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truth in reporting..

you are photographing an event which is open to the media. you photograph something that contradicts the official report.. you also witness, but do not record another aspect which also contradicts the official report. the first part is potentially damaging to the subject’s reputation.. the second has no potential impact, but the subject demands this truth remain hidden.. what do you do?

by julia s. ferdinand at 2013-05-01 08:12:37 UTC | Bookmark | | Report spam→

This is always a quandary——I can think of only one time right now where this has happened and it gave me pause for thought and I ignored it in the end because it had no bearing on the story I was covering—-it was unpleasant for sure, but it was not the story and not illegal, so while I had complete media access with everyone aware that I was there—-it was just an odd event that took place——but again it was not critical to the story nor illegal and was not going to hurt anyone.

I am thinking of others but none are really dramatic——

I think also, you have to take into account the nature of the story—-I covered a story on a chef that was super “organic” and the story was on the chef’s volunteer work with a portrait in the kitchen working etc——but then I saw ingredients in the kitchen I knew not to be organic in the least—-so I was not really there to pursue that angle so that was that—-it could be that he rented out the kitchen at night to someone else and it was their ingredients or a wrong delivery——if the angle was different, I would have pursued the discovery by asking about it and then at least advising the editor about it especially if it was a feature story on the “organic chef,” and then let them decide what would be done—-maybe no story or then maybe it turns investigative—-in the end I think I advised the editor so in the event a feature was to be done in the future, it could be discussed at that time—-

Now lets say in your media event, it’s a book signing with an author and behind the scenes you become aware that the author did not write the book but someone else did——I would shoot it as planned and then make inquiries with the intent of doing a story on it——firstly allowing the author to explain, defend or come clean on the situation——not illegal to have someone write your book for you but un-ethical to tout the feat as your own.

Something more dramatic might be illegal drug use or say an animal rights activist mis-treating an animal or maybe a sexual pecadillo where someone is caught in the act of something contrary to what they claim in public and they are a public figure——-I think on your own it would be a mistake to just publish say with an agency a photo illustrating something unfit and incongruent --smart money says to hook up directly with a reputable media outlet and working with them to allow the subject to explain or least respond to what took place—-depends on the nature of the event if its worth it, if its illegal and it’s potentially harmful to others and really what your view of it with your ability to live with it or not——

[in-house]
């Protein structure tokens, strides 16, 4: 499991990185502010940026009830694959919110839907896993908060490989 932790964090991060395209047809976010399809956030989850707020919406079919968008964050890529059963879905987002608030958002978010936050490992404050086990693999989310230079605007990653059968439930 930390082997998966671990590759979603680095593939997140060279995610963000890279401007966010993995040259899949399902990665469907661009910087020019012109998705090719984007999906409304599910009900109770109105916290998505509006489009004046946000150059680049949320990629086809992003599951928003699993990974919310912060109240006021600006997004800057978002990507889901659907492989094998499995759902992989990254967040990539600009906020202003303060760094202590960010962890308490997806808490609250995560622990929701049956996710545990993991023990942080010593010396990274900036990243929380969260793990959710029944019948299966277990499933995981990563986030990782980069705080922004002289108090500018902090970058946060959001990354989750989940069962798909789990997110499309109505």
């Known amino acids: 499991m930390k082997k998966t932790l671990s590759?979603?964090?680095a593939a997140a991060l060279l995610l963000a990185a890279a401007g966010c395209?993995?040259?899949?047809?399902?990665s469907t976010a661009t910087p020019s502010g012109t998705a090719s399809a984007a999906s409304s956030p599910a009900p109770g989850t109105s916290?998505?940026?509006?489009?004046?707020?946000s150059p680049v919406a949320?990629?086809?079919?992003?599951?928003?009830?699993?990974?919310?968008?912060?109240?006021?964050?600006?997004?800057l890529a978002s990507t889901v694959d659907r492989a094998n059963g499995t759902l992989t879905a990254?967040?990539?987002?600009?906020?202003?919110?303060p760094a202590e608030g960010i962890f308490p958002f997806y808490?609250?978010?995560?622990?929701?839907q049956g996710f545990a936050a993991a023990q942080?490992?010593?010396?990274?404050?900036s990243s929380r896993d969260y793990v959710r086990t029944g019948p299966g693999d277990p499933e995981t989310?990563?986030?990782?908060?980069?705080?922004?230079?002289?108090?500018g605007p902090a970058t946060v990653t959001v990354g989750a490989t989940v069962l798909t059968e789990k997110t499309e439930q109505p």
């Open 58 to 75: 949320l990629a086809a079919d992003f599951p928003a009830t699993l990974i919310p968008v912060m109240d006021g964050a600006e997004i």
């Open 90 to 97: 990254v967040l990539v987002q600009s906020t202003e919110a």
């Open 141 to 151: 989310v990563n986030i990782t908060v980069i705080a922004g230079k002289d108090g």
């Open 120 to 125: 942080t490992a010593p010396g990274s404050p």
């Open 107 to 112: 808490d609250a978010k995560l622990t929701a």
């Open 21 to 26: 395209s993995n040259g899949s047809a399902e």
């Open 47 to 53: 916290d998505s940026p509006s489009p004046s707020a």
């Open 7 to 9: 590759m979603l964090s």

good luck—-

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by David Bro | 01 May 2013 15:05 (ed. May 1 2013) | Orange County-Los Angeles, United States | | Report spam→
It depends on the context but something else worth considering is that truths that carry an interest also carry collateral damage.

by Ethan Knight | 01 May 2013 23:05 | Bangkok, Thailand | | Report spam→
If you’re commissioned to photograph something in order to provide visual endorsement, like a PR person, then that’s what you do, and you’re blind to the stuff that is contradictory. You’re essentially being paid to support the commercial or political agenda. It’s propaganda. It happens all the time.
If however, you’re a journalist or photojournalist covering a story then, generally speaking (and knowing that your photographs will influence others, and knowing that readers/viewers anticipate that you will not mislead them), you have a duty to display and describe what you witnessed. Accurately.
I’ve been watching lots of rapportage about the domestic conflict in Syria, for example, and have been a little dismayed by journalists who’ve filed TV reports that blatantly only tell one side of the story – and, as we know, that particular story has important content on all sides. I also recall, in my power days, deporting a journalist who did such a thing: in fact, he wrote a story about a horrific incident involving police, police dogs and peaceful protesters – an event that did not occur. By deporting him I saved him from being lynched by his journalist colleagues…
It all depends on who you are, what you’re doing, and why you’re doing it….
(’m back in Sydney).

by Dr Chris Westinghouse | 02 May 2013 02:05 (ed. May 2 2013) | Bangkok, Thailand | | Report spam→

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Participants

julia s. ferdinand, photographer julia s. ferdinand
photographer
Chiang Mai , Thailand ( CNX )
David Bro, freelance editorial David Bro
freelance editorial
Orange County , United States ( LAX )
Ethan Knight, Documentary Photographer Ethan Knight
Documentary Photographer
(www.ethanknight.org)
Bangkok , Thailand
Dr  Chris Westinghouse, Photojournalist Dr Chris Westinghouse
Photojournalist
(Generalist For Hire)
Melbourne , Australia
En route to Bangkok (ETA: Aug 12 2014 ).


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